This lyrical novel of community, betrayal, and love centers on an unforgettable matriarchal family in Barbados. Two sisters, ages ten and sixteen, are exiled from Brooklyn to Bird Hill in Barbados after their mother can no longer care for them. The young Phaedra and her older sister, Dionne, live for the summer of 1989 with their grandmother Hyacinth, a midwife and practitioner of the local spiritual practice of obeah.
Dionne spends the summer in search of love, testing her grandmother’s limits, and wanting to go home. Phaedra explores Bird Hill, where her family has lived for generations, accompanies her grandmother in her role as a midwife, and investigates their mother’s mysterious life.
This tautly paced coming-of-age story builds to a crisis when the father they barely know comes to Bird Hill to reclaim his daughters, and both Phaedra and Dionne must choose between the Brooklyn they once knew and loved or the Barbados of their family.
Jackson’s Barbados and her characters are singular, especially the wise Hyacinth and the heartbreaking young Phaedra, who is coming into her own as a young woman amid the tumult of her family.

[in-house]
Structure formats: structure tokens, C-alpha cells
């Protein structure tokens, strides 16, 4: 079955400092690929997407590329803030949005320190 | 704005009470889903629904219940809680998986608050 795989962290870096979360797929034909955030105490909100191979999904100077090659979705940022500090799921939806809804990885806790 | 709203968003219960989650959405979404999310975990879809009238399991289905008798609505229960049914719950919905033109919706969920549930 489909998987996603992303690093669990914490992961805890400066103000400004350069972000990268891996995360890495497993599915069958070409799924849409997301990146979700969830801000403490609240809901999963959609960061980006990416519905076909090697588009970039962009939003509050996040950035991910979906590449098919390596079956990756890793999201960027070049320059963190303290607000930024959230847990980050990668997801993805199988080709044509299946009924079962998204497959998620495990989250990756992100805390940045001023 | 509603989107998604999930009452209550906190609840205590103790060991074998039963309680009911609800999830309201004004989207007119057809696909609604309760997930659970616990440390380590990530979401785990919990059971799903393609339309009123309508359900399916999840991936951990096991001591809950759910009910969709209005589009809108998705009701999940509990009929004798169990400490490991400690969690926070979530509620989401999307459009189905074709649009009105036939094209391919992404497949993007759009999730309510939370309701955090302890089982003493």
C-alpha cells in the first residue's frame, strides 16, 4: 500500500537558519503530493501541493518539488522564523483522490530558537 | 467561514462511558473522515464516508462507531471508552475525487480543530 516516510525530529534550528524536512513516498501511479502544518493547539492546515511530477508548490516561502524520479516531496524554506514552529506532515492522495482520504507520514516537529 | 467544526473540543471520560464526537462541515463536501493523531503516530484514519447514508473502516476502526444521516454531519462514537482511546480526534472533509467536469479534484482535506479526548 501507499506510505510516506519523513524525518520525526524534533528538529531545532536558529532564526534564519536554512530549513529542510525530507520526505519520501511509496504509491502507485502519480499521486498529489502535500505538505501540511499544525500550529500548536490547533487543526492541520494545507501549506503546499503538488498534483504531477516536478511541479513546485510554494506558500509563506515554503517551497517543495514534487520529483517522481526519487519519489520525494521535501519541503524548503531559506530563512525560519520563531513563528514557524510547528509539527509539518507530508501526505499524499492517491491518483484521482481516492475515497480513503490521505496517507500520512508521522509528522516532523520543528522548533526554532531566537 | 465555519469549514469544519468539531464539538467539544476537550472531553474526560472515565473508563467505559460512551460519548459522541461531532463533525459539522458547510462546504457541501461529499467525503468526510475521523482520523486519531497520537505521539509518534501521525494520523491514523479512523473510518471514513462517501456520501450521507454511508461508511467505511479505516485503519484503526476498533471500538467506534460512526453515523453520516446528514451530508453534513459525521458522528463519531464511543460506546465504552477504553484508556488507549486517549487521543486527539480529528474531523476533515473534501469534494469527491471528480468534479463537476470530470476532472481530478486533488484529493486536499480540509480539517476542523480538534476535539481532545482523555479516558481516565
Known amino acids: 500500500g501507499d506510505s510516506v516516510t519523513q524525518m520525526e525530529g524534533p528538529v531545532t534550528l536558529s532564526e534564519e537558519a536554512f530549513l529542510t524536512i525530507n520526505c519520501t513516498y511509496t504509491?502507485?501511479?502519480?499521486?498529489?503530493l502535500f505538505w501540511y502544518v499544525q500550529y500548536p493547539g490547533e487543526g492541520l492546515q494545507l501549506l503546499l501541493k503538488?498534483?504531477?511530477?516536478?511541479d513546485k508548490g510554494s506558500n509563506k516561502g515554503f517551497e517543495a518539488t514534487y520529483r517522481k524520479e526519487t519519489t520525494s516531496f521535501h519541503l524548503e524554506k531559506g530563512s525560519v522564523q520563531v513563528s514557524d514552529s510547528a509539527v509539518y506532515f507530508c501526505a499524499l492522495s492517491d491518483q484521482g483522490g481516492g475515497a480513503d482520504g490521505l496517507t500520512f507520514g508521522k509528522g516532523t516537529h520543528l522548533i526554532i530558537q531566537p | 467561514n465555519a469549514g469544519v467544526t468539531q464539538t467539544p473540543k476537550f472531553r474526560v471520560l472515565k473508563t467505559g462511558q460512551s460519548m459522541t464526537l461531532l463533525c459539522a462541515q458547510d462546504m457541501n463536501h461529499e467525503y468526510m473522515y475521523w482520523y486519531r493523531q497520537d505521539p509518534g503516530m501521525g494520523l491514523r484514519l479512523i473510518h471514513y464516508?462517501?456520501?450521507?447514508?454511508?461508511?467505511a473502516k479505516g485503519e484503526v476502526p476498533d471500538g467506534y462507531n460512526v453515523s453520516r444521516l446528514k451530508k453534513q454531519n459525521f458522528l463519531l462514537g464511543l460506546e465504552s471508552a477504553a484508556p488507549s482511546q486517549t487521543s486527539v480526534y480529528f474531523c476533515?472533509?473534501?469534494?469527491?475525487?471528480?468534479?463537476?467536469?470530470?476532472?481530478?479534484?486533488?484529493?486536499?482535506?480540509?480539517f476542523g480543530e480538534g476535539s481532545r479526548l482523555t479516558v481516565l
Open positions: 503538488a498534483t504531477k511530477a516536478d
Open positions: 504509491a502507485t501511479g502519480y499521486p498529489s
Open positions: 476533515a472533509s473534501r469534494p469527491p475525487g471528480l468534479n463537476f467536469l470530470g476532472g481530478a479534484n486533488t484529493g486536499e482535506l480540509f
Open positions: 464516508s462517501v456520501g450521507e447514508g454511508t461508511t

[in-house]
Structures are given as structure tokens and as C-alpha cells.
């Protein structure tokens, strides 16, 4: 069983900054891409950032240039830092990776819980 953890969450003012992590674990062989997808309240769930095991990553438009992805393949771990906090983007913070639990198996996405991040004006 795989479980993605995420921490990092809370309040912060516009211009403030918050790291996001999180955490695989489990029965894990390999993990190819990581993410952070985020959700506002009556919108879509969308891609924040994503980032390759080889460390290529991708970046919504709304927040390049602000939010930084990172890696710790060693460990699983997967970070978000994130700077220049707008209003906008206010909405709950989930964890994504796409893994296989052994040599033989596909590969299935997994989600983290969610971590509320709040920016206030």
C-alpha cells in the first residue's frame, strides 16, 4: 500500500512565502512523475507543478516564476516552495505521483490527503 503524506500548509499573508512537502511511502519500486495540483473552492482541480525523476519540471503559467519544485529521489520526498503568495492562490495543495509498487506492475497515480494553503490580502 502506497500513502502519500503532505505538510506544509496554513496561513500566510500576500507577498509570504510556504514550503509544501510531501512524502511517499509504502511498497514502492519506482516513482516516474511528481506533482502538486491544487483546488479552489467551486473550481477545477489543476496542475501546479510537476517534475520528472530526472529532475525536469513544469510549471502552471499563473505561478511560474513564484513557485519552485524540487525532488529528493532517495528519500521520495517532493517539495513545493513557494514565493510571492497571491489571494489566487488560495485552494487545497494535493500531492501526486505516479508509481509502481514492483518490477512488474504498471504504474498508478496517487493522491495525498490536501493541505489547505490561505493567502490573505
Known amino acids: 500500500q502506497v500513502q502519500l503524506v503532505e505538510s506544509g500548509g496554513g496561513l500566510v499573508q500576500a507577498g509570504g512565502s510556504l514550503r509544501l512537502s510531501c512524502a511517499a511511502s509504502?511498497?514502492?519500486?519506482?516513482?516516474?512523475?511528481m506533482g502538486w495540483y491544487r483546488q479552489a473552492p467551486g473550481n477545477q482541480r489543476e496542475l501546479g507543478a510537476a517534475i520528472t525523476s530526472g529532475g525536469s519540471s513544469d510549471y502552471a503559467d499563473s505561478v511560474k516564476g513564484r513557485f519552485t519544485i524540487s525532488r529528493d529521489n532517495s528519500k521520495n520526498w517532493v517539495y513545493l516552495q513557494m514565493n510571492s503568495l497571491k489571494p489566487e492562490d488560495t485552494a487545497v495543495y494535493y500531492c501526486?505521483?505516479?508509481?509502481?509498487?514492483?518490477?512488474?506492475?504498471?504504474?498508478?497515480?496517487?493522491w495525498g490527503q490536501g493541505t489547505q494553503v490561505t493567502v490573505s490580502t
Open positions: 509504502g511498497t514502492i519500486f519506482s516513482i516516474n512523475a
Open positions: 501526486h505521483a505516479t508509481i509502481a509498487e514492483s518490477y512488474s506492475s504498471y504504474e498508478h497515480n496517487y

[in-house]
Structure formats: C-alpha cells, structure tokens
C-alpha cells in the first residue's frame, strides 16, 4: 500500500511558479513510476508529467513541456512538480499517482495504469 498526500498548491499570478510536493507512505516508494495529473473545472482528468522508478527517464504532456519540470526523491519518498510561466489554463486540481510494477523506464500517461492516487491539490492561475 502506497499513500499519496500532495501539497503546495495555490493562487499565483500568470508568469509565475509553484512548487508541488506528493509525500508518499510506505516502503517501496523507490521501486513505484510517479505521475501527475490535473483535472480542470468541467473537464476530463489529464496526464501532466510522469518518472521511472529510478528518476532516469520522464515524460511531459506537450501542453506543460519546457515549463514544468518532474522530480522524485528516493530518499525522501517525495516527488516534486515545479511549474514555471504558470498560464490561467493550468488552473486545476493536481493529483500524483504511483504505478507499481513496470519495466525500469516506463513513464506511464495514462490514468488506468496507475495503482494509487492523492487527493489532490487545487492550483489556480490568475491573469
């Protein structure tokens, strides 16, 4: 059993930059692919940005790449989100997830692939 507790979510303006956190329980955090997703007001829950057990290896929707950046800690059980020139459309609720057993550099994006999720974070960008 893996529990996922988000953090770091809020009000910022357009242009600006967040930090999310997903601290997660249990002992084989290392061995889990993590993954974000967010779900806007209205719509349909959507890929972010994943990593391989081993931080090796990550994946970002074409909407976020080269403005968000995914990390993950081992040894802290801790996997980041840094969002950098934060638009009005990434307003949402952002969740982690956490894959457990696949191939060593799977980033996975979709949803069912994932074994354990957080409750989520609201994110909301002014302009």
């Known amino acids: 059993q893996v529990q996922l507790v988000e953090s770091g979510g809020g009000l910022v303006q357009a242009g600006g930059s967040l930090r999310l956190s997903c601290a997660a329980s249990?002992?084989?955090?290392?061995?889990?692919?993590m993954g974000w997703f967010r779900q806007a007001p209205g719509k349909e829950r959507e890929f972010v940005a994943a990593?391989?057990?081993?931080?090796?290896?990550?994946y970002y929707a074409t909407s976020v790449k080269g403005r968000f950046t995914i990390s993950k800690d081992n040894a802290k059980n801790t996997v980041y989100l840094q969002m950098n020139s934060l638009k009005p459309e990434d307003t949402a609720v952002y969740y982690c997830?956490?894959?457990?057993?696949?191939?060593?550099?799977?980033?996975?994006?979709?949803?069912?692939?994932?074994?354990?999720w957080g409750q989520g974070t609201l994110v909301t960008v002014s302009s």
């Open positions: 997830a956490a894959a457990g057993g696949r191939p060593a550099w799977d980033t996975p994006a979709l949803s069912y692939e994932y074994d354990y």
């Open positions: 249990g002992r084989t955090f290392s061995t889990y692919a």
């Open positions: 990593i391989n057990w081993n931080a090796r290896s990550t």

NAOMI JACKSON is the recipient of residencies from the University of Pennsylvania’s Kelly Writers House, Hedgebrook, Vermont Studio Center, and the Camargo Foundation. Jackson was born and raised in Brooklyn by West Indian parents.
The young author studied fiction at the Iowa Writers’ Workshop and traveled to South Africa on a Fulbright scholarship, where she received an M.A. in Creative Writing from the University of Cape Town. A graduate of Williams College, her work has appeared in literary journals and magazines in the United States and abroad.
She is the author of “The Star Side of Bird Hill,” which was nominated for an NAACP Image Award and longlisted for the National Book Critics Circle’s John Leonard Prize and the Center for Fiction’s First Novel Prize.